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Daily rental unit in Pana available

The "livingroom" of the apartment.

The “livingroom” of the apartment.

While I am not in the rental business, I have this empty unit above part of my house. Friends have stayed in it. We have talked about renting it out by the night which would be a project for my wife — but she is working in Nicaragua right now.

Enter a solution: a local friend is looking for a way to make some money to go to college. She is going to manage it for me. It is very convenient to central Panajachel (less than 100 meters off Calle Santander) but also very private. The details and more photos are available here.

If you are interested, email me at nicafyl@gmail.com.

Sunday night at the hospital

Almost visitor's hours on Tuesday.

Almost visitor’s hours on Tuesday.

This is my adventure story with how you deal with medical emergencies in Panajachel. I know I don’t want to repeat this and Rocio doesn’t either but it is what happened and the results. For those of you who live where you think you have good free medical care, this may help you put that into perspective.

The adventure started on Sunday evening. The photo is from Tuesday when we went to pick up Rocio. A friend commented “those people look happier than people here [in Oregon] going out to dinner or to a movie.”

Sunday, Rocio was at my house doing homework (accounting, in my opinion something to make you sick) with a classmate. About 8PM she had this pain and went to lie down. I made her some Valarian tea but the pain continued to get worse. She was convinced it was serious and her response to gently touching low on the right side of her abdomen convinced me it wasn’t just accounting homework.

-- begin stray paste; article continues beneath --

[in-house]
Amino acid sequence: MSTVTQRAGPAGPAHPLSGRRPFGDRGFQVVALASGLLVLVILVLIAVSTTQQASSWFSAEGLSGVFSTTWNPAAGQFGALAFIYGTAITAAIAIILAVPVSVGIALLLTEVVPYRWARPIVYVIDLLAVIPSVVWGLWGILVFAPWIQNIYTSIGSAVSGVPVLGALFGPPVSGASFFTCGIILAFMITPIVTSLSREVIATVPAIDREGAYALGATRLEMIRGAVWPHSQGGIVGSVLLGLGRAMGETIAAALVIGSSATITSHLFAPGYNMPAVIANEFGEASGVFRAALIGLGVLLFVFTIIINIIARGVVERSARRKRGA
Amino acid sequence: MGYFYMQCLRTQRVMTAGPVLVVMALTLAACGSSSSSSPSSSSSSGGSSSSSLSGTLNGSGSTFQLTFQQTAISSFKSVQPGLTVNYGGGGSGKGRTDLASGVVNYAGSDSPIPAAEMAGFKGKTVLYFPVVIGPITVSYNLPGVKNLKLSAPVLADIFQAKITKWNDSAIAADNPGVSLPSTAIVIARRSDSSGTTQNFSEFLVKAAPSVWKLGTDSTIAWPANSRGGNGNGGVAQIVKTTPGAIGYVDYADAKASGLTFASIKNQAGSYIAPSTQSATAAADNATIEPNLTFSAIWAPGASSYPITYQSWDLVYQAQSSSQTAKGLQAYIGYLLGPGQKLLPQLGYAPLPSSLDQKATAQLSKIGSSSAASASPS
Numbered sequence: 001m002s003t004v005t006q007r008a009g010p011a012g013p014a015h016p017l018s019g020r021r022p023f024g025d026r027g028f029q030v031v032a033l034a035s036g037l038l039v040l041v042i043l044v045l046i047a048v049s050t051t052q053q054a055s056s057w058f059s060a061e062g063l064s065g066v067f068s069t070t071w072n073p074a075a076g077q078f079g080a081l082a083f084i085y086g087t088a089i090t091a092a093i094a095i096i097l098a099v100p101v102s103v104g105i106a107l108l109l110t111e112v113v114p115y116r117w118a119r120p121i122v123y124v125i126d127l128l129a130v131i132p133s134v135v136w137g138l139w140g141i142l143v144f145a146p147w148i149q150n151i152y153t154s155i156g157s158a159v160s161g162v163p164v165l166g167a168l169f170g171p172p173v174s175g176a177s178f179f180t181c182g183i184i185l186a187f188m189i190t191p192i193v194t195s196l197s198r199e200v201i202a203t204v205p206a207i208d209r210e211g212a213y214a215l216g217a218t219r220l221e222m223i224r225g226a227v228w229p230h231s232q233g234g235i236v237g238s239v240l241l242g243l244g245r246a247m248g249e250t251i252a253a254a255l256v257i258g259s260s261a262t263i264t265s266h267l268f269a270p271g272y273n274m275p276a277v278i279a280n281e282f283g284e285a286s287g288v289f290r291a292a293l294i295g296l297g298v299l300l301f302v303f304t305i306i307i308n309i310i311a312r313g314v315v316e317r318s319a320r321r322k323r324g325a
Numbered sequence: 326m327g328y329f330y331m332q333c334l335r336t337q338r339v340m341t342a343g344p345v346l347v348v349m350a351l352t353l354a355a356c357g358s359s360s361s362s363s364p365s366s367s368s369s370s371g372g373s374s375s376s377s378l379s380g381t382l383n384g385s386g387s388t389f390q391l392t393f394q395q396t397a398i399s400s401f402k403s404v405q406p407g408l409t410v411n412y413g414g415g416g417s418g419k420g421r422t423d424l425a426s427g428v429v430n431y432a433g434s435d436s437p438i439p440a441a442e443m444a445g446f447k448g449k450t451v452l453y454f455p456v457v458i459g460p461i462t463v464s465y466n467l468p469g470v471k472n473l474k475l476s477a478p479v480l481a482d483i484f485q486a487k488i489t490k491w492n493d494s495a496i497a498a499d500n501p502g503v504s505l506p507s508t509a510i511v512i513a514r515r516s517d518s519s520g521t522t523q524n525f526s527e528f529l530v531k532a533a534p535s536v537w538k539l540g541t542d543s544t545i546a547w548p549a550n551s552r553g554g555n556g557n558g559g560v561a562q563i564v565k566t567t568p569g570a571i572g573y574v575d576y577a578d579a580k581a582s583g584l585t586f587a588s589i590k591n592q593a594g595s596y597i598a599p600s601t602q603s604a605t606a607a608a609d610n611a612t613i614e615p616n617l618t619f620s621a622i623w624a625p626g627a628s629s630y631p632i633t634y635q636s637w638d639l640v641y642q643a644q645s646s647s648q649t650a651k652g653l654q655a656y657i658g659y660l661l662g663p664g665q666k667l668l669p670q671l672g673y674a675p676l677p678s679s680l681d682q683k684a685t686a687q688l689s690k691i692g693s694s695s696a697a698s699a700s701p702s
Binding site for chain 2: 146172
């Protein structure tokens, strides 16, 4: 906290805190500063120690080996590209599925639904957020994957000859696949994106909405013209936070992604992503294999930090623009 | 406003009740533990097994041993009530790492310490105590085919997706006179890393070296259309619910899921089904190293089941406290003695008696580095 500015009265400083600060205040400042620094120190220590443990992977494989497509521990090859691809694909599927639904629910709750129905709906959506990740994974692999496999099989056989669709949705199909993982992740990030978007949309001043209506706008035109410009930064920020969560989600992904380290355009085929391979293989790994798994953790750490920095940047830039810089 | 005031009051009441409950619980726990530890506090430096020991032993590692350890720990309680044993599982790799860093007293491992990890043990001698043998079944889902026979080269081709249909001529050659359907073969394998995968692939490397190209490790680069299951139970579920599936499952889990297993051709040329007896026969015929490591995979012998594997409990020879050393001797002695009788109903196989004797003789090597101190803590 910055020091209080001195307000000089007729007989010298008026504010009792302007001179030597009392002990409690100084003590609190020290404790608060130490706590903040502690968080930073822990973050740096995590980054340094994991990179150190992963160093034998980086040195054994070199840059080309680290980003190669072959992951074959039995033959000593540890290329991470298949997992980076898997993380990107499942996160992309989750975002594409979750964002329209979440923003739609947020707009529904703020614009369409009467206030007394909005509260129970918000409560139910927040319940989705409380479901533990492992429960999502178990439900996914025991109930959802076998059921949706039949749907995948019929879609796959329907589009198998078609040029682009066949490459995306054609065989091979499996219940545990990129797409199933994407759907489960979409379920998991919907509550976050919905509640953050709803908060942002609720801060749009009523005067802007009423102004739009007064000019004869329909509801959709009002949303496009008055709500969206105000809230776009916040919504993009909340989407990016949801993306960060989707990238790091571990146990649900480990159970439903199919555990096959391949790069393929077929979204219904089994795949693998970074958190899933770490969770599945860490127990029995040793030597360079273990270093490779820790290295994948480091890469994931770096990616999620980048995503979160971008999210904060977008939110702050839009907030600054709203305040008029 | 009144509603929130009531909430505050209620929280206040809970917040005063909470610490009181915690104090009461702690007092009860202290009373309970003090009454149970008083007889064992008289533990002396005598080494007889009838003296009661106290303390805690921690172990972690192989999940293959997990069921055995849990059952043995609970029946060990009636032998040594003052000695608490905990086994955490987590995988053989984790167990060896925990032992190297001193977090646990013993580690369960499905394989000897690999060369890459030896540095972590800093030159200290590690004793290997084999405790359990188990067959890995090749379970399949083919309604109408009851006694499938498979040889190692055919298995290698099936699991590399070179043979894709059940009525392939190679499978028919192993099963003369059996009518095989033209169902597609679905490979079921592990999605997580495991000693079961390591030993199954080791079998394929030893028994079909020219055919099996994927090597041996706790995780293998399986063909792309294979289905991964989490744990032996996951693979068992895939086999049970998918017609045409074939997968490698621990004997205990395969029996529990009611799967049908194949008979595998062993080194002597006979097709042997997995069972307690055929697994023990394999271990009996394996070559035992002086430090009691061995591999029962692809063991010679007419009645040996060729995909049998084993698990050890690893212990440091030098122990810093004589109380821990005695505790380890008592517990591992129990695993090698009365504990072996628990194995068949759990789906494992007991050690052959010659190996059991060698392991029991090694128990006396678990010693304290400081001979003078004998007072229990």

Continue reading Sunday night at the hospital

First dentist experience in Pana

Last Thursday I fractured a tooth. A piece broke off but stayed semi-attached in the gum. Friday morning I ran into a friend and asked about dentists. He suggested (without knowing her name) Dra. Lily Contrares). I walked down there and her assistant suggested I come back around 1200. So, I did.

She took a quick look, asked the right questions and we agreed it was better to come back for “a real appointment” which was today. It was at 1130. She apologized for being behind schedule (all dentists are behind schedule) but by 1140, I was in the chair. We started with an X-ray because the fracture went way below the gum line. Continue reading First dentist experience in Pana

Local cooking

Tasty casserole made from local ingredients.

Tasty casserole made from local ingredients.

OK, I did the cooking. What is important is that I bought the ingredients within walking distance of my house.

If I was in Seattle, I would expect to find the ingredients nearby. Maybe not walking distance but close. But, I am in Panajachel and this is a vegan dish with some ingredients not common in the third world. First, the easy ones:

  • Fresh tomatoes from the public market
  • Basil from my garden
  • Onion, garlic, … from the public market
  • Potatoes from the public market

Nothing special about that stuff except much was grown locally and all was available within walking distance. Now, on to the more interesting stuff: Continue reading Local cooking

Cebolla in Sololá

In the market in Sololá. Photo by Rocio.

In the market in Sololá. Photo by Rocio.

The public market in Sololá is big. Many times larger than the one in Pana and well-organized. That is, you will find all the places vending a particular type of thing (shoes, for example) in one area.